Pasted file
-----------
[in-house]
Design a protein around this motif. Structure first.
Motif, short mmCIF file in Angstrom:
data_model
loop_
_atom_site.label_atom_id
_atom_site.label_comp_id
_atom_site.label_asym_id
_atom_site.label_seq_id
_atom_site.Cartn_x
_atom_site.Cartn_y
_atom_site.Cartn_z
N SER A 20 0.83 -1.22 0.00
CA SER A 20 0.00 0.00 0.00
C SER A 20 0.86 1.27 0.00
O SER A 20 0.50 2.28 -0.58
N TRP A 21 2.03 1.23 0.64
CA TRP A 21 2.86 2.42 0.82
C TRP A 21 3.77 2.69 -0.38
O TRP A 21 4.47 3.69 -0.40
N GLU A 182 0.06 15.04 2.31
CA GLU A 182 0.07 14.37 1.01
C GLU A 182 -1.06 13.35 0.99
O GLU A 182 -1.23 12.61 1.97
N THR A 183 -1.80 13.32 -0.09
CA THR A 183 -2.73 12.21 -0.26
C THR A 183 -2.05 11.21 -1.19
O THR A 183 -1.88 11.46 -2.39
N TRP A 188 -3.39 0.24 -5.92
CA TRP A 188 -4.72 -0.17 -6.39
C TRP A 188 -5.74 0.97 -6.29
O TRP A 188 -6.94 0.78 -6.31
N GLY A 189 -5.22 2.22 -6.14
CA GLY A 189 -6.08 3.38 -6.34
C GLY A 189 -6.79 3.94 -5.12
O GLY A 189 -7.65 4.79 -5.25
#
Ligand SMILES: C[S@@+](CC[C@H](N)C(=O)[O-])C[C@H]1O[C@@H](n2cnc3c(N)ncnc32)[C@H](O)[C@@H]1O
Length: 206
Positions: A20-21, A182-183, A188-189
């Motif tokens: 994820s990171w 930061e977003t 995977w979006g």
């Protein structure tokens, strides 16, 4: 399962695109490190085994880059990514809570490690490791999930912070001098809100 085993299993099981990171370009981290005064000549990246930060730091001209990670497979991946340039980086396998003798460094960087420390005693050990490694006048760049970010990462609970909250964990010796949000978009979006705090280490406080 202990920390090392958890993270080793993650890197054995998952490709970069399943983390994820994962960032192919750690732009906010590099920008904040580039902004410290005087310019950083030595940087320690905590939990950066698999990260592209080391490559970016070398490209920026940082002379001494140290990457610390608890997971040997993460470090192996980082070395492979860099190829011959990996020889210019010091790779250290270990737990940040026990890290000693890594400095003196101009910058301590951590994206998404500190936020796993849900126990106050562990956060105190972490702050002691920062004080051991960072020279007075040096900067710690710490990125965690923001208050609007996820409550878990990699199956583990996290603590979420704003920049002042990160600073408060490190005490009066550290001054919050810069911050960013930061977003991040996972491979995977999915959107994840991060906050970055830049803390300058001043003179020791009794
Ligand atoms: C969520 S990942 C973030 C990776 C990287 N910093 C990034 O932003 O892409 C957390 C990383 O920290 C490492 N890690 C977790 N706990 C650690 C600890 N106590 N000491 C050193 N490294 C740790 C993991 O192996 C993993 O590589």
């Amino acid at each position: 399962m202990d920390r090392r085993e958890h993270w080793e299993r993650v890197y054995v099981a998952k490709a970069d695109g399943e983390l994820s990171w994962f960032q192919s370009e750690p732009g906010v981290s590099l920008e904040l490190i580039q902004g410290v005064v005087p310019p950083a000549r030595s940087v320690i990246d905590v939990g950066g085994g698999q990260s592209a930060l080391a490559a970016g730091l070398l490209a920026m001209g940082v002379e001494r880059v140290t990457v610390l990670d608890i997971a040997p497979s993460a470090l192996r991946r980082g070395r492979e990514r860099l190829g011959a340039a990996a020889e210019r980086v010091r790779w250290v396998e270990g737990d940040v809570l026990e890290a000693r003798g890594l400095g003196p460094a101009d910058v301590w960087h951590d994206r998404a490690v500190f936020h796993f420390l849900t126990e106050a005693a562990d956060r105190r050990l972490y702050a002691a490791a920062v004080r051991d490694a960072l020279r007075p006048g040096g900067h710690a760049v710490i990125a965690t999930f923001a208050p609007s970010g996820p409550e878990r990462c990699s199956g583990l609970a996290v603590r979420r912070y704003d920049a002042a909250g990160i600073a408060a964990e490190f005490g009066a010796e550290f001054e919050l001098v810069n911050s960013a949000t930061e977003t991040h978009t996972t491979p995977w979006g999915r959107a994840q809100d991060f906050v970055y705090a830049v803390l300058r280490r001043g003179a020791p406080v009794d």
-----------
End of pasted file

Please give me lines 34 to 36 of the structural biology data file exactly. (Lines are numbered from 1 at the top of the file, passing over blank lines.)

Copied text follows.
CA GLY A 189 -6.08 3.38 -6.34
C GLY A 189 -6.79 3.94 -5.12
O GLY A 189 -7.65 4.79 -5.25